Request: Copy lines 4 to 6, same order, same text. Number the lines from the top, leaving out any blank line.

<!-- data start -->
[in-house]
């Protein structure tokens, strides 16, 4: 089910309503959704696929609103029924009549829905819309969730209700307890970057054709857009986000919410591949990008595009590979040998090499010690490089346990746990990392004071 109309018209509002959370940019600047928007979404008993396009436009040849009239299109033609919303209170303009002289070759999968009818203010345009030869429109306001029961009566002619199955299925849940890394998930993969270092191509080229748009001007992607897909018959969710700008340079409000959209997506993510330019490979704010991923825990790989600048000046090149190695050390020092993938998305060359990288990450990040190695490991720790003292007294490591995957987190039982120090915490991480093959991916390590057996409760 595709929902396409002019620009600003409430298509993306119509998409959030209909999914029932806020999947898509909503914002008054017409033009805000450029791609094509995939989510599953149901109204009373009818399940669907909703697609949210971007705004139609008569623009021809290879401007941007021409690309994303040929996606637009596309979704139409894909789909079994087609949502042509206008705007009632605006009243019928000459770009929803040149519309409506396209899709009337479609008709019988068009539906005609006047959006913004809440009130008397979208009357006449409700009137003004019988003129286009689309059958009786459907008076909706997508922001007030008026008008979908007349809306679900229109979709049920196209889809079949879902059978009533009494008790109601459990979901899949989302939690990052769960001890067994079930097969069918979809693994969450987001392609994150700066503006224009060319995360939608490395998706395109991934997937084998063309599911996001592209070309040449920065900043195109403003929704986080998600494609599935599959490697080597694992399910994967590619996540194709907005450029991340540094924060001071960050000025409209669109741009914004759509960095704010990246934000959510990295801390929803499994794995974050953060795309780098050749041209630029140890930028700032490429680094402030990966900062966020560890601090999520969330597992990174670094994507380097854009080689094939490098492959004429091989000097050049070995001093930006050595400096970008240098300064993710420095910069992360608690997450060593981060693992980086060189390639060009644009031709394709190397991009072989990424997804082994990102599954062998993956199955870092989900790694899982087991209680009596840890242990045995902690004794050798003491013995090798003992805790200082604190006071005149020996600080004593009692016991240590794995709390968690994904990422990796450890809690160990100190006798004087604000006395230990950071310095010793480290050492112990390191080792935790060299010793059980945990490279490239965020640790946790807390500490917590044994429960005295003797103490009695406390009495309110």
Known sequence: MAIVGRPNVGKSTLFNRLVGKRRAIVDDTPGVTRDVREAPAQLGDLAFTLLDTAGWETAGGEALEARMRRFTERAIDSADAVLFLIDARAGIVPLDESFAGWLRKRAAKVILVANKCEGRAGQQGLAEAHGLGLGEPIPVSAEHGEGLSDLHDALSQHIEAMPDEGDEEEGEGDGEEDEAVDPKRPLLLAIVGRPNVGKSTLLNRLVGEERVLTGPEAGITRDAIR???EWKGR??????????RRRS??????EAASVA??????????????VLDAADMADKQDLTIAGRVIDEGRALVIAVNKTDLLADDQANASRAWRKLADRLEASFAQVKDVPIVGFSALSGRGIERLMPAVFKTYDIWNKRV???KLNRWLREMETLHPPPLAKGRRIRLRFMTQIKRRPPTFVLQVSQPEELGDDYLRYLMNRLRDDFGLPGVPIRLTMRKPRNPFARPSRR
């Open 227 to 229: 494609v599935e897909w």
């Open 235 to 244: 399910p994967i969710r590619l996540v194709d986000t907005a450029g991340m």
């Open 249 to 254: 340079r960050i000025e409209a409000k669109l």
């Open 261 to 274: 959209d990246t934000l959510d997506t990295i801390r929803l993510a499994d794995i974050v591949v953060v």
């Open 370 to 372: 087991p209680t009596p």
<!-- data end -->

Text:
């Open 227 to 229: 494609v599935e897909w």
């Open 235 to 244: 399910p994967i969710r590619l996540v194709d986000t907005a450029g991340m």
């Open 249 to 254: 340079r960050i000025e409209a409000k669109l």